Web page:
SINGAPORE – The United States will not join the Comprehensive and Progressive Agreement for Trans-Pacific Partnership (CPTPP) now for various reasons, but it is pursuing other partnerships with its allies in specific areas such as supply chains.
Such partnerships are less constrained than a traditional free trade agreement (FTA), and the US remains very serious about engaging economically with the Indo-Pacific region, said US Secretary of Commerce Gina Raimondo at the Bloomberg New Economy Forum on Wednesday (Nov 17).
Ms Raimondo, who began her visit to Asia on Monday with a series of meetings with the Japanese government and business leaders, said that US President Joe Biden was “crystal clear” when he said America is back. He meant it is back with the US’ allies and back in this region, she added.
“And when we talk about topics, it’s broader in some ways… for example, working together to make sure that we and our allies in this region have redundant and secure supply chains. We can talk specifically and somewhat more flexibly about partnerships.”
She highlighted other areas such as semiconductors, decarbonisation, inter-operability in digital trade and technological standards, which tend to be left out of traditional free trade pacts.
What if China becomes part of the CPTPP? She said: “China is going to do what China is going to do, and whether or not the current members of the CPTPP allow China to come in, that will be as it will be.”
Where the US’ interest lies, she said, is working with allies in a fast-growing region where 940 million people will enter the middle class in the next seven to 10 years.
Ms Raimondo said: “So this isn’t about China. This is about developing robust commercial and economic relationships with our partners in the Indo-Pacific, where we have had a robust relationship for a long time.
“But for the past few years, the elephant in the room is that America has been largely absent… and there seems to be a strong pull to have us back.”
In September, China formally moved to join the 11-member trade pact. The issue has also become complicated by Taiwan’s subsequent application, which has divided members.
Singapore chairs the CPTPP commission next year.
As to the US’ role in artificial intelligence (AI), Ms Raimondo said AI will fundamentally change every aspect of the economy, from logistics and biotechnology to healthcare.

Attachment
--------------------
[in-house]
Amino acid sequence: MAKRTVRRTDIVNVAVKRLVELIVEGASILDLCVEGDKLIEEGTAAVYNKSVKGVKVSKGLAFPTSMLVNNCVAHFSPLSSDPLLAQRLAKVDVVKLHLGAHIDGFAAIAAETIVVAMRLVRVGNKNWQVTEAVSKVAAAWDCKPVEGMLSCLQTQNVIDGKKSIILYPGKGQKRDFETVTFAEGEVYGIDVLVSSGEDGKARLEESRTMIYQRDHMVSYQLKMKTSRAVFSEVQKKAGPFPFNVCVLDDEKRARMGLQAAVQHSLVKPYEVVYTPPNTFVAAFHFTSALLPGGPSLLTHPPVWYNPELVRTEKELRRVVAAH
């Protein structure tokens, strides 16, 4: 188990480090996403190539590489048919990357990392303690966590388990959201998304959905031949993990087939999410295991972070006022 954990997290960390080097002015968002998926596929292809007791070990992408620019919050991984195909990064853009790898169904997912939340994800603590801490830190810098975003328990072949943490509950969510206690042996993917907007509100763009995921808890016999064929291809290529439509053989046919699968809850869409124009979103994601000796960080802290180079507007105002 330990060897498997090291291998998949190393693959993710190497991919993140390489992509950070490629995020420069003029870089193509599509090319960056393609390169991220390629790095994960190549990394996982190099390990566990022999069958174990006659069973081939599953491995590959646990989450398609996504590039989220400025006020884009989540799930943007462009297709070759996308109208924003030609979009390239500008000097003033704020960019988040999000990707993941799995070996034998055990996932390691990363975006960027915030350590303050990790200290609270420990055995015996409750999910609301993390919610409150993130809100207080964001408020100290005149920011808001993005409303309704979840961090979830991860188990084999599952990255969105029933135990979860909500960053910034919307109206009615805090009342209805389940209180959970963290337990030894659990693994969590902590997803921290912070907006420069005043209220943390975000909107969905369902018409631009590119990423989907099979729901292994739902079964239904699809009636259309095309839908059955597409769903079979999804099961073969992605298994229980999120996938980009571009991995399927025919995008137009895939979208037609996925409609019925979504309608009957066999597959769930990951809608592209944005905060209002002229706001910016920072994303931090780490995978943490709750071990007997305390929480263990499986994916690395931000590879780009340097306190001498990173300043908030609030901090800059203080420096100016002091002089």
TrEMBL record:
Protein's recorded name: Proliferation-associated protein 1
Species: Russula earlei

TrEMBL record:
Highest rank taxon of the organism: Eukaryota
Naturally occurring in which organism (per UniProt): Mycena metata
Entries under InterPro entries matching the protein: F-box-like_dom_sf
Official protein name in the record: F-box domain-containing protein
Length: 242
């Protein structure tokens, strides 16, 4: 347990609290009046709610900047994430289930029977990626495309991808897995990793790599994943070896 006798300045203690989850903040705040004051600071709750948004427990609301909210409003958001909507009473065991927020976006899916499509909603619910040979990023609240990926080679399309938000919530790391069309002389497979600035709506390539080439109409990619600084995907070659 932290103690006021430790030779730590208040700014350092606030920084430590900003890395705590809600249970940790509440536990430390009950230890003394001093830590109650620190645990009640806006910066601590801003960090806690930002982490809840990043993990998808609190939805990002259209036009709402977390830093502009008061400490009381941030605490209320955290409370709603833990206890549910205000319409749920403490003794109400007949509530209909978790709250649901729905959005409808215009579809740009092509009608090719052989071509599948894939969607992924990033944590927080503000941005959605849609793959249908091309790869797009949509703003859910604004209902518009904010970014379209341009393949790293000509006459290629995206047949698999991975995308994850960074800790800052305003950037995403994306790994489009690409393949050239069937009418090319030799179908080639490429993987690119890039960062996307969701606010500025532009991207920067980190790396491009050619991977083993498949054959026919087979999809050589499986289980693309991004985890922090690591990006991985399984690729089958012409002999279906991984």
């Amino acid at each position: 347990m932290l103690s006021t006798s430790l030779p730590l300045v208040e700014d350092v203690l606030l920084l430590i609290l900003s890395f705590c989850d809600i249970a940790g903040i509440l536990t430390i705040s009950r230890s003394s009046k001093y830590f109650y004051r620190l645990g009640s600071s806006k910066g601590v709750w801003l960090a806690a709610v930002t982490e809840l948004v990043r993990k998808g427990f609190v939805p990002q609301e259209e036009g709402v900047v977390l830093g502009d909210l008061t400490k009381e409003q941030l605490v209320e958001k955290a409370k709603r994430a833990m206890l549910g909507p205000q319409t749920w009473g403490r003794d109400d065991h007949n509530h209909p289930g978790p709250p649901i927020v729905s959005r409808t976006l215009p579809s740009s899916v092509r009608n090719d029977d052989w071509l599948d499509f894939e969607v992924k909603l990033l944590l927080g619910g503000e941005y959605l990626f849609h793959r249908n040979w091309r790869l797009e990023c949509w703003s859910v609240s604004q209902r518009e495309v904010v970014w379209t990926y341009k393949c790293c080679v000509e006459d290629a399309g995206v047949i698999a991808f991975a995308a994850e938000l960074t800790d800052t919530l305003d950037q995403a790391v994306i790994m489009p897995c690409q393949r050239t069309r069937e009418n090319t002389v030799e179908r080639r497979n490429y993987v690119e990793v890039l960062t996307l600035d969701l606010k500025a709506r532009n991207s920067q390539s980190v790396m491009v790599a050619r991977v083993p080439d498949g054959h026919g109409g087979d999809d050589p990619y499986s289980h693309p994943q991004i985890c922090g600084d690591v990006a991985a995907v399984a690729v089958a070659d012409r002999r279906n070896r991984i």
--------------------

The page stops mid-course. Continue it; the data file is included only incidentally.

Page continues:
Countries must first get it right in how they regulate this area, and they should exercise sensibility and flexibility, she said.
“But secondly, we absolutely have to make sure that like-minded partners, who share values around anti-discrimination, privacy and human rights, are together writing the rules.
“We share the same values, so we should be writing the rules of the road. We should be setting the tech standards and governance models for the appropriate and safe use of AI.”
She added that the application of these rules ought to be “case-specific”. For example, AI applied to biotechnology will be different from AI applied to logistics.
She said: “So it’s enormously complex. The trick is to use case-specific, industry-specific flexibility.”
She also said there is no contradiction between creating good quality jobs in the US, and remaining open to the world.
Likewise, the onshoring of production such as semiconductor chips does not mean that the US thinks everything can be domestically produced, she added. Nor do recent tougher antitrust moves mean that the country is against competition.
The US Senate on Tuesday confirmed that Mr Jonathan Kanter, a corporate lawyer and Big Tech critic, will take on the top antitrust role in the nation, the latest action in efforts to curb the power of Silicon Valley giants.
“Competition is what has formed the basis of such a successful, innovative and vibrant economy. And so whether it’s Big Tech or any other big company, if they are anti-competitive that hurts competition, that hurts start-ups, that snuffs out innovation,” said Ms Raimondo, adding that policies should encourage innovation and business growth.
“Having said that, we cannot continue to have a vibrant democracy or entrepreneurial scene with this concentration of power or wealth… Obviously we have to move towards a more inclusive equal form of capitalism where businesses are successful, but workers are also successful.”
She said that the same applies to the green transition, which if done right will create millions of jobs.
The challenge is to bring everybody along, she added, because the reality is that those in coal-intensive communities will get nervous about losing their jobs. “So it’s on us to have a just transition and make sure that everybody is included.”
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